TD: What do you think are the special challenges or pleasures of painting the Dutch landscape?

RS: I love the flatland and water, which are great for reflections. I love those. We are a painter’s country, famous for its paintings of skies and light. But I think one loves the nation he/she was born and raised in. I love our beaches. They calm me.

Landscape Willows and Snow Residue Reflections, 20x70 cm
Seascape Winter #22 Cloud, Sunny Cold Beach 24x30 cm

TD: Sometimes I find your colors amazingly subtle, and sometimes very bold. I’ve read that you like a somewhat limited palette. Can you explain how you limit your palette, and why? 

RS: I have used a limited palette according to Kevin McPhersons theory, which is just 5 colors. I have found that very helpful, but when at the painter’s supply store, I take the big overview of paints and choose what I lack. I find mixing it all ourselves takes a lot of time. Plein air I want to quickly start. I  bring a Tupperware of leftover paint that has colors in it that I mixed on previous painting sessions. That helps too, to quickly start. It also helps to foul up the palette- to mix and mix and mix. Mix with complementary colors, but also mix and see what happens, just intuitively. Avoid the use of 'pure' colors...and let happy accidents happen- mess around a bit!  There should be no "clean" use of a paint palette. This is very important I think. You can carry 100 tubes but be smart about them, to only use what you need. Cryptic!

There are a lot of theories about color and the color wheel. Practice makes perfect. Doing and doing, painting and painting, and learning from your 'mistakes', or findings will solve the color 'problem'.

TD: I’ve also read that you begin with acrylics, and then work in oils. Do you always do this, and why?

RS: I often use the acrylics in bulb time, and only for disagreeing colors- for example such as red tulips and emerald leaves of the tulips, seen in a certain light. It is maybe better, when working in oils, to work with cleaning spirit instead, in the beginning. It dries quickly, which is nice if you want a color underneath something. I also use turpentine for cleaning the brushes while working or to liquefy the paint.

Landscape spring #21 Bulbfields, 24x30 cm

TD: From the look of your work, painting seems like it is a complete pleasure for you. Is this true? Is there anything you dislike about being an artist?

RS: Yes I am happy to have found what I truly love to do: paint and make paintings, to study painting and to see works by other painters.  It is all a great joy, a fascinating search, and a lifelong study.

I sometimes don't like the time it takes to prepare for an exhibit or to pick up the paintings after the exhibit is over, because it costs valuable painting time.

TD: I’m impressed that in your work you remain focused on the big picture, and never seem to get sidetracked by unimportant details. Have your paintings evolved over time to be freer, more impressionistic?

RS: Panta rhei! = everything flows. You will never know exactly which direction the painting will take you. I follow my instinct and paint what I love. I study what I want to comprehend and see where that takes me.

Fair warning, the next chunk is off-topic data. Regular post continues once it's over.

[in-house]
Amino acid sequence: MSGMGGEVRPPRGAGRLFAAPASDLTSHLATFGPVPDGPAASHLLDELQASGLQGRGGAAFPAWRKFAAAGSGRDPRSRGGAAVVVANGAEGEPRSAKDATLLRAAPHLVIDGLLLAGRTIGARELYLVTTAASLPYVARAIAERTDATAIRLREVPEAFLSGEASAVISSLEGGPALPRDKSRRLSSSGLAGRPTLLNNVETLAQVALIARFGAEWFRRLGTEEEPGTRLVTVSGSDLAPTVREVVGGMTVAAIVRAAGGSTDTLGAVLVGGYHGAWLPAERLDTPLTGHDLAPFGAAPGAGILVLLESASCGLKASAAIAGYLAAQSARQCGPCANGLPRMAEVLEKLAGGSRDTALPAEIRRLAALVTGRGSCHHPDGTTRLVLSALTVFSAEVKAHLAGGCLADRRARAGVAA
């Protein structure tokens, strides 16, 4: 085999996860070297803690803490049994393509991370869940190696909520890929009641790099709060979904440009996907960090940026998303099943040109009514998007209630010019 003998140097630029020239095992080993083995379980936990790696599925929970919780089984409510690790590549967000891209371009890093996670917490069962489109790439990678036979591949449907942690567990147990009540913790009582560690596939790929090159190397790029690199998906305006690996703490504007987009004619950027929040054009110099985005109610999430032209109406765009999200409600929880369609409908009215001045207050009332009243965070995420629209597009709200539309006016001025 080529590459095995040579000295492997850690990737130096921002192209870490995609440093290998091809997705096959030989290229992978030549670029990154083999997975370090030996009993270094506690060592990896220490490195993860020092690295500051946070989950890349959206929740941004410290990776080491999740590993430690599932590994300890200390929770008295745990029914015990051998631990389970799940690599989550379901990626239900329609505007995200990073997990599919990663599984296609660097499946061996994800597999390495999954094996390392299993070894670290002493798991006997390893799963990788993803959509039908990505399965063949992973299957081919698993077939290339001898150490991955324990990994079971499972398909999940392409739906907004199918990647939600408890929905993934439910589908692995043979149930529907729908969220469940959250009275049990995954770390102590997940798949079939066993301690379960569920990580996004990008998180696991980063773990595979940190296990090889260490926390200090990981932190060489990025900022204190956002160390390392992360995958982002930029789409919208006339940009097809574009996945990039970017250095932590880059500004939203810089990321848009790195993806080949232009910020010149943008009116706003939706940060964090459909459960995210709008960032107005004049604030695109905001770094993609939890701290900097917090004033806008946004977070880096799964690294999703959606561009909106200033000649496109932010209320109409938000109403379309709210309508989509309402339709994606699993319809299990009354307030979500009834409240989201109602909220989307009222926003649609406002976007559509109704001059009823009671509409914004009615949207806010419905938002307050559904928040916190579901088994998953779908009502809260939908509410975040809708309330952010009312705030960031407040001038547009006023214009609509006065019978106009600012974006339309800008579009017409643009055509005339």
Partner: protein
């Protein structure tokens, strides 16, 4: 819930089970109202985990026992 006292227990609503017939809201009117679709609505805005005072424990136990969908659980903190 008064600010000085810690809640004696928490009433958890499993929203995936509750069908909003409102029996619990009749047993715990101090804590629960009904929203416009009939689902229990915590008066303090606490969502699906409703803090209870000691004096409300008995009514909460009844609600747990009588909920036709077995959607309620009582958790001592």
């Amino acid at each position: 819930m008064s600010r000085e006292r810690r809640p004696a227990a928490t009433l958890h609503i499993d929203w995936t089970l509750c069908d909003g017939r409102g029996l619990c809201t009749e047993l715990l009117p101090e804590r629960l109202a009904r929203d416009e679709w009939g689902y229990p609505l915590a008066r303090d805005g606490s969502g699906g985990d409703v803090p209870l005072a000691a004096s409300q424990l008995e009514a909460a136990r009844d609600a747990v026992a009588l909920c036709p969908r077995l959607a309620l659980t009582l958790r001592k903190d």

Seascape Winter #29 Dense Fog at the Beach, 24x30 cm

TD: What painters do you turn to for inspiration?

RS: I very much like the work by a lot of painters from around 1830, when plein air painting took a lift off, until about 1920. For example, I like the 'School of Barbizon', but more so the 'Hague School', which is a  Dutch variation of this. Of course I like the works by a lot of the Impressionists, those painters had pure genius. Also there are a lot of Russian painters that are very accomplished in using color. But all painters from all over the world, from all ages can inspire me, when the work is good. Why different work is good is a somewhat personal thing.  It is good to keep track of one’s own fascinations and path. The grand source of inspiration is of course Nature itself. 

In the mornings while driving the kids to their school in another village, we cross through miles of Dutch farmland and nature. Then and there I'm examining the sky, the weather conditions of the day, looking at all this beauty, and deciding where to set up the easel and paint that day.

                               Landscape Spring #20 First Cows of Spring and Rain, 30x40 cm

TD: What keeps you busy besides painting?

RS: Painting is my passion, and also my job. I am therefore busy with all the things that need to get done, like in any other business- prospects, growth, and communication. These are the things I work on when I don't paint. There is also the family that needs attention. I have a very busy, rewarding life.

TD: Thanks so much Roos Schuring!

You can find out more about Roos at her blog, her Facebook pageand her Daily Paintworks page.


  1. I love the painting. I know that this painter has a good imagination and great hands in painting this one.

  2. You are an inspiring painter. For the first time, I set up my easel out in my lovely forested yard and started a painting of an old stump of a fir tree. It must have been a giant at one time- now weathered, wrinkled as we will all be someday. I had a great time, did not finish it. How long does it take you from set up to finish would you say? Love your work and so happy I found you on the internet. Patsy Heller

  3. I love her attitude and her work is devine! Watch out for youtube films of her working on the beach, she is one hardy individual!!!

  4. i love your painting very much ang want be your old student.

  5. Been all day looking at plein air painters on the net. Just discovered you and i love your work more than anything else i have seen today. Absolutely stunning brushwork!

  6. I love the freedom and yet detail of your work. Thank you for sharing.